Most importantly, you can view search insights via the GMB app. The app enables you to take the best features of Google My Business with you.

If you still have questions about how claiming a business on google can benefit your local SEO, or if you have questions about local SEO itself, we’d love to hear from you. Drop us a line to learn more about how GMB and local SEO can boost your business.

The Ultimate Local SEO Checklist for 2018

The Ultimate Local SEO Checklist for 2018

Think you know your SEO? What about your local SEO checklist?

Think of it this way: when you need to find a business in your area that specializes in old school video games like Space Invaders, where do you go to find it? You pull up your favorite search engine for a bit of research. This is where local SEO comes in handy.

Don’t believe it? Try this on for size: 50% of consumers who do a local business search on their phone visit the store within a day. And if you’re not using local SEO, you’re missing out on 100% of those customers.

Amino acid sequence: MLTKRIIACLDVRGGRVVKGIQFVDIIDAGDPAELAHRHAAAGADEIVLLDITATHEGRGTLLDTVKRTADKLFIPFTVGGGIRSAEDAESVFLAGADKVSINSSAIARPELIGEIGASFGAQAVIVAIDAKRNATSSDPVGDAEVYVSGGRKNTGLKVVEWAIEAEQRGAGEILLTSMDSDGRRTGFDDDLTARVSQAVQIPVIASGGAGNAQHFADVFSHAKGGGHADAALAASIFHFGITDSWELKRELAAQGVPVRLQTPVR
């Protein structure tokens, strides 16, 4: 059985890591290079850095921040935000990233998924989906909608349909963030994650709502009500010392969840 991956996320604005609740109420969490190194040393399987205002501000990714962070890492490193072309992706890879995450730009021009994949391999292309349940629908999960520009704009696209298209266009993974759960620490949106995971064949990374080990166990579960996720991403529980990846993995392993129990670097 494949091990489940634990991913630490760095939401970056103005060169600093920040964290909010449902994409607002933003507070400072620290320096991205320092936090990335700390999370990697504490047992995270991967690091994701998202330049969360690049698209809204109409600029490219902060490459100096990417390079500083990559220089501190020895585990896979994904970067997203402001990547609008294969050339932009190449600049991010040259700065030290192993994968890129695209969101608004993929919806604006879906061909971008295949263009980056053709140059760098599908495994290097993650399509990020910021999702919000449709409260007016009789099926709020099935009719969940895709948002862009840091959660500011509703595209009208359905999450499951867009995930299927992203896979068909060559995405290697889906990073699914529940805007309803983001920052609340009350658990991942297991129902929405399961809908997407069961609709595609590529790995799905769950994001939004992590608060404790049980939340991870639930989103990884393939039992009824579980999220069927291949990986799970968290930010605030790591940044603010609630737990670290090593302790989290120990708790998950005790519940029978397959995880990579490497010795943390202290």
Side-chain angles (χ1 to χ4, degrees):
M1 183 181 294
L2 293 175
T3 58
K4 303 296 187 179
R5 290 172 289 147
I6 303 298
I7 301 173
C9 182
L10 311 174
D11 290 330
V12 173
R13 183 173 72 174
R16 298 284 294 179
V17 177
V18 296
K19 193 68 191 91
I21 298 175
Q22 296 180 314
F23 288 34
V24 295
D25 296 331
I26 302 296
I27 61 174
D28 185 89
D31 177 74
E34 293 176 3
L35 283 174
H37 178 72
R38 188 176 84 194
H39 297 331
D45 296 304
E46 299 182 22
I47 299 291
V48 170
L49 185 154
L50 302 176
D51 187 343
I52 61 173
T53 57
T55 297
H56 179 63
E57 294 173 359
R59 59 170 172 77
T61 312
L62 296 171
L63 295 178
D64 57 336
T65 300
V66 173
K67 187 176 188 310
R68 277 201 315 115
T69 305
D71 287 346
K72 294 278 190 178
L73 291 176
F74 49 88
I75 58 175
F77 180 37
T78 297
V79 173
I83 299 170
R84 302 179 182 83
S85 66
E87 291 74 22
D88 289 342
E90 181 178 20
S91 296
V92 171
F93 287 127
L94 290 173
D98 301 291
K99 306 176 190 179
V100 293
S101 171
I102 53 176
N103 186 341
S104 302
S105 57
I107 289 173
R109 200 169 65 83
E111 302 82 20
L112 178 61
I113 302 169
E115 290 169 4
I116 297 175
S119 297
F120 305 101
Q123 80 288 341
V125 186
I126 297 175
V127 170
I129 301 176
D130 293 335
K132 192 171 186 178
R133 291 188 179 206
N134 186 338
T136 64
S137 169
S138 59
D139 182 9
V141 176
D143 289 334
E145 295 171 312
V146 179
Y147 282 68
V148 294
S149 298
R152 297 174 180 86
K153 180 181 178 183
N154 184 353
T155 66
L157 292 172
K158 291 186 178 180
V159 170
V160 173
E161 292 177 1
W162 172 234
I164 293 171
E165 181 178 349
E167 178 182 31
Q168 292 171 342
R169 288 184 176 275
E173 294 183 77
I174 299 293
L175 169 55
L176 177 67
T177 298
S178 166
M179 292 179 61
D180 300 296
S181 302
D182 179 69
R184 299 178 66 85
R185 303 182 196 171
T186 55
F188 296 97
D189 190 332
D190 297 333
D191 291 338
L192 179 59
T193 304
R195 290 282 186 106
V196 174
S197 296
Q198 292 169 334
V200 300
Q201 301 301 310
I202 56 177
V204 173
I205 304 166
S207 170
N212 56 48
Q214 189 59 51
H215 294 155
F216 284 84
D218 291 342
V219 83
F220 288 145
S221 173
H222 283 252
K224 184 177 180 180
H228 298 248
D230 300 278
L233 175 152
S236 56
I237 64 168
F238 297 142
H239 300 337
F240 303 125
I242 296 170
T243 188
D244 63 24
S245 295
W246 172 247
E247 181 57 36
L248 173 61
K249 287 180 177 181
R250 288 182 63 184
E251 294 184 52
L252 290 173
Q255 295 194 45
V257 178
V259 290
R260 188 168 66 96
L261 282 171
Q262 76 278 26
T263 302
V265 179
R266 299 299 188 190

Here, we’re breaking down the basics of local SEO and what you need to do to rock your local search listings in 2018.

What is Local SEO?

But first, the basics: what is local SEO?

SEO is all about making sure people can find you online and in real life. Local SEO takes those tools and applies it on a local level.

Essentially, local SEO involves using SEO best practices to target an audience in a specific geographic region. This will ensure that when customers search in your area, they’ll find your business above others.

While local SEO practices are related to global SEO, there is a difference. The name explains it pretty well — global SEO optimizes your site for searchers all over the web, while local SEO optimizes for searchers in your local area.

How to Do Local SEO

Because of this, your local business SEO looks a little different from your standard SEO.

To clarify: the gap between typical SEO and local SEO isn’t the difference between the sun and the moon. They are related practices. There’s a common misconception that they’re completely different animals.